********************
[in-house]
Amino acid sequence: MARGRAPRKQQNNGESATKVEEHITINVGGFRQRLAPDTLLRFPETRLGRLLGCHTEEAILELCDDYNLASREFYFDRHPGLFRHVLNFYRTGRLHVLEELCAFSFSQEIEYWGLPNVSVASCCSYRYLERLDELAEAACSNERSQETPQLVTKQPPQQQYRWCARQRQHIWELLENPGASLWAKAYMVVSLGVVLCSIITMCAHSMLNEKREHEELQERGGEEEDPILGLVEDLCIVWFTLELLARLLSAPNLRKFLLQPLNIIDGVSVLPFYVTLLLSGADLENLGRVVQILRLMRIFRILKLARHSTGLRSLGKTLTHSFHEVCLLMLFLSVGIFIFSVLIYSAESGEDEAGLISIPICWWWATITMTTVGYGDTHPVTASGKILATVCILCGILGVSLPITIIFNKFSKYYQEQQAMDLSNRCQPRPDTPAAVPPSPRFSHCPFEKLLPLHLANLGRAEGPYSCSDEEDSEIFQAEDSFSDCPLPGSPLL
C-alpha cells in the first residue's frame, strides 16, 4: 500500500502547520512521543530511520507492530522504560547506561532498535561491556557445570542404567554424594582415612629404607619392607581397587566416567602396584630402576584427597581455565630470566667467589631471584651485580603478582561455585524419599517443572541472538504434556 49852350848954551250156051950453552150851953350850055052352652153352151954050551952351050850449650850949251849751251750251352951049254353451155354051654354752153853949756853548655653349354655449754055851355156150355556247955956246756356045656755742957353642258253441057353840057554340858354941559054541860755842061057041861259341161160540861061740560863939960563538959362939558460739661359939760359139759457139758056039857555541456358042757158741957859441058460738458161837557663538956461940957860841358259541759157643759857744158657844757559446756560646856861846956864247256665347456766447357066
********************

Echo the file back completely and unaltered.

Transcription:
[in-house]
Amino acid sequence: MARGRAPRKQQNNGESATKVEEHITINVGGFRQRLAPDTLLRFPETRLGRLLGCHTEEAILELCDDYNLASREFYFDRHPGLFRHVLNFYRTGRLHVLEELCAFSFSQEIEYWGLPNVSVASCCSYRYLERLDELAEAACSNERSQETPQLVTKQPPQQQYRWCARQRQHIWELLENPGASLWAKAYMVVSLGVVLCSIITMCAHSMLNEKREHEELQERGGEEEDPILGLVEDLCIVWFTLELLARLLSAPNLRKFLLQPLNIIDGVSVLPFYVTLLLSGADLENLGRVVQILRLMRIFRILKLARHSTGLRSLGKTLTHSFHEVCLLMLFLSVGIFIFSVLIYSAESGEDEAGLISIPICWWWATITMTTVGYGDTHPVTASGKILATVCILCGILGVSLPITIIFNKFSKYYQEQQAMDLSNRCQPRPDTPAAVPPSPRFSHCPFEKLLPLHLANLGRAEGPYSCSDEEDSEIFQAEDSFSDCPLPGSPLL
C-alpha cells in the first residue's frame, strides 16, 4: 500500500502547520512521543530511520507492530522504560547506561532498535561491556557445570542404567554424594582415612629404607619392607581397587566416567602396584630402576584427597581455565630470566667467589631471584651485580603478582561455585524419599517443572541472538504434556 49852350848954551250156051950453552150851953350850055052352652153352151954050551952351050850449650850949251849751251750251352951049254353451155354051654354752153853949756853548655653349354655449754055851355156150355556247955956246756356045656755742957353642258253441057353840057554340858354941559054541860755842061057041861259341161160540861061740560863939960563538959362939558460739661359939760359139759457139758056039857555541456358042757158741957859441058460738458161837557663538956461940957860841358259541759157643759857744158657844757559446756560646856861846956864247256665347456766447357066